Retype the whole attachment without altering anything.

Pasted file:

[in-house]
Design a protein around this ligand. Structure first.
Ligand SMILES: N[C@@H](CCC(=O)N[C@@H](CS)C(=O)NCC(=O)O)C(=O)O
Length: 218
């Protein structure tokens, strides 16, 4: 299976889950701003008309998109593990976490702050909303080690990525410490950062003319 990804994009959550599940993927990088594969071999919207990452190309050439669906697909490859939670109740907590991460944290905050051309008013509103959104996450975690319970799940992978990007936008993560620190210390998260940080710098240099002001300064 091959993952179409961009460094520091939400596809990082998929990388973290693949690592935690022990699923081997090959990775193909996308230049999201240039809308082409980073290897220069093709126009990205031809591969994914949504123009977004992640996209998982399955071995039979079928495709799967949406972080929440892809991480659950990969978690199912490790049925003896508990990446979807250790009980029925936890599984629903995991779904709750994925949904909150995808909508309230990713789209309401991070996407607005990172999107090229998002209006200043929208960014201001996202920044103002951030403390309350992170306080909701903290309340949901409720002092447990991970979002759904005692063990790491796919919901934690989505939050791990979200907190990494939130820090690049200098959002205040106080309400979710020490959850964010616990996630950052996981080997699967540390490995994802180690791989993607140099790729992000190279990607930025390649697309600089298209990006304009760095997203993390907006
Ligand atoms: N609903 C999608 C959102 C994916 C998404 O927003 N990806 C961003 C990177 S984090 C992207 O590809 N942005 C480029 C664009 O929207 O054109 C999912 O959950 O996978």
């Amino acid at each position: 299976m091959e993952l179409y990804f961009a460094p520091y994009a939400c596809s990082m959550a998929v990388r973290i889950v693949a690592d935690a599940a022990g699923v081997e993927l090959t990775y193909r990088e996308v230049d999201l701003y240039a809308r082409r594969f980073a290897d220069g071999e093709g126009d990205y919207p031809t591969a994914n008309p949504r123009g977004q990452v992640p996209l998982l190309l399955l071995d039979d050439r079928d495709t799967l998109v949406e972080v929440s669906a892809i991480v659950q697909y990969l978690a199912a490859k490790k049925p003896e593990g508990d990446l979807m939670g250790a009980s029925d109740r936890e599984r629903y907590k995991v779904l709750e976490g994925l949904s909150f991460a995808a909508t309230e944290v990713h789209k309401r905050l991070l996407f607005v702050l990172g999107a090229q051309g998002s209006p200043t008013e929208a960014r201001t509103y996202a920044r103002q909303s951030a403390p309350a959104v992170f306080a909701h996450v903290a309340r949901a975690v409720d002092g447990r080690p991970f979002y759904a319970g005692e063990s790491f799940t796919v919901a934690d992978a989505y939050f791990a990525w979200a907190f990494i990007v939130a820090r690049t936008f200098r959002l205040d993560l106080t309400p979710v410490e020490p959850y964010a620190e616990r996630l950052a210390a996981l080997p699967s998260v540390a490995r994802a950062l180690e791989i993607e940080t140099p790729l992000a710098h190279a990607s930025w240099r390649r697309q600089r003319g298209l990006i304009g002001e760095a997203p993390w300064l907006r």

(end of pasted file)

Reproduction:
[in-house]
Design a protein around this ligand. Structure first.
Ligand SMILES: N[C@@H](CCC(=O)N[C@@H](CS)C(=O)NCC(=O)O)C(=O)O
Length: 218
């Protein structure tokens, strides 16, 4: 299976889950701003008309998109593990976490702050909303080690990525410490950062003319 990804994009959550599940993927990088594969071999919207990452190309050439669906697909490859939670109740907590991460944290905050051309008013509103959104996450975690319970799940992978990007936008993560620190210390998260940080710098240099002001300064 091959993952179409961009460094520091939400596809990082998929990388973290693949690592935690022990699923081997090959990775193909996308230049999201240039809308082409980073290897220069093709126009990205031809591969994914949504123009977004992640996209998982399955071995039979079928495709799967949406972080929440892809991480659950990969978690199912490790049925003896508990990446979807250790009980029925936890599984629903995991779904709750994925949904909150995808909508309230990713789209309401991070996407607005990172999107090229998002209006200043929208960014201001996202920044103002951030403390309350992170306080909701903290309340949901409720002092447990991970979002759904005692063990790491796919919901934690989505939050791990979200907190990494939130820090690049200098959002205040106080309400979710020490959850964010616990996630950052996981080997699967540390490995994802180690791989993607140099790729992000190279990607930025390649697309600089298209990006304009760095997203993390907006
Ligand atoms: N609903 C999608 C959102 C994916 C998404 O927003 N990806 C961003 C990177 S984090 C992207 O590809 N942005 C480029 C664009 O929207 O054109 C999912 O959950 O996978």
């Amino acid at each position: 299976m091959e993952l179409y990804f961009a460094p520091y994009a939400c596809s990082m959550a998929v990388r973290i889950v693949a690592d935690a599940a022990g699923v081997e993927l090959t990775y193909r990088e996308v230049d999201l701003y240039a809308r082409r594969f980073a290897d220069g071999e093709g126009d990205y919207p031809t591969a994914n008309p949504r123009g977004q990452v992640p996209l998982l190309l399955l071995d039979d050439r079928d495709t799967l998109v949406e972080v929440s669906a892809i991480v659950q697909y990969l978690a199912a490859k490790k049925p003896e593990g508990d990446l979807m939670g250790a009980s029925d109740r936890e599984r629903y907590k995991v779904l709750e976490g994925l949904s909150f991460a995808a909508t309230e944290v990713h789209k309401r905050l991070l996407f607005v702050l990172g999107a090229q051309g998002s209006p200043t008013e929208a960014r201001t509103y996202a920044r103002q909303s951030a403390p309350a959104v992170f306080a909701h996450v903290a309340r949901a975690v409720d002092g447990r080690p991970f979002y759904a319970g005692e063990s790491f799940t796919v919901a934690d992978a989505y939050f791990a990525w979200a907190f990494i990007v939130a820090r690049t936008f200098r959002l205040d993560l106080t309400p979710v410490e020490p959850y964010a620190e616990r996630l950052a210390a996981l080997p699967s998260v540390a490995r994802a950062l180690e791989i993607e940080t140099p790729l992000a710098h190279a990607s930025w240099r390649r697309q600089r003319g298209l990006i304009g002001e760095a997203p993390w300064l907006r």